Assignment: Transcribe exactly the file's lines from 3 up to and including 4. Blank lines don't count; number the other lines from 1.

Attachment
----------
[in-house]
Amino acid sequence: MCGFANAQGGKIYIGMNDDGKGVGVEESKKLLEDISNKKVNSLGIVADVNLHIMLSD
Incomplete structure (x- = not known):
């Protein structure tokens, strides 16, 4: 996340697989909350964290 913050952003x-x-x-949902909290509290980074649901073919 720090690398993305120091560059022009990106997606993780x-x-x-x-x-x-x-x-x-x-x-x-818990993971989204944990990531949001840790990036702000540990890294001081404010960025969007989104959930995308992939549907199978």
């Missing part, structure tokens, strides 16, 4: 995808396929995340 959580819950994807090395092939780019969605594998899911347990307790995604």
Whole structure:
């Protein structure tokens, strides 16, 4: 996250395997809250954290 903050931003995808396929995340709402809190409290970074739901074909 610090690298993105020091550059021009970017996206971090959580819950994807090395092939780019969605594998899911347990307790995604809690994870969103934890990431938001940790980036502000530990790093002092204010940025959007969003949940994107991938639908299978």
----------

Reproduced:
Incomplete structure (x- = not known):
């Protein structure tokens, strides 16, 4: 996340697989909350964290 913050952003x-x-x-949902909290509290980074649901073919 720090690398993305120091560059022009990106997606993780x-x-x-x-x-x-x-x-x-x-x-x-818990993971989204944990990531949001840790990036702000540990890294001081404010960025969007989104959930995308992939549907199978």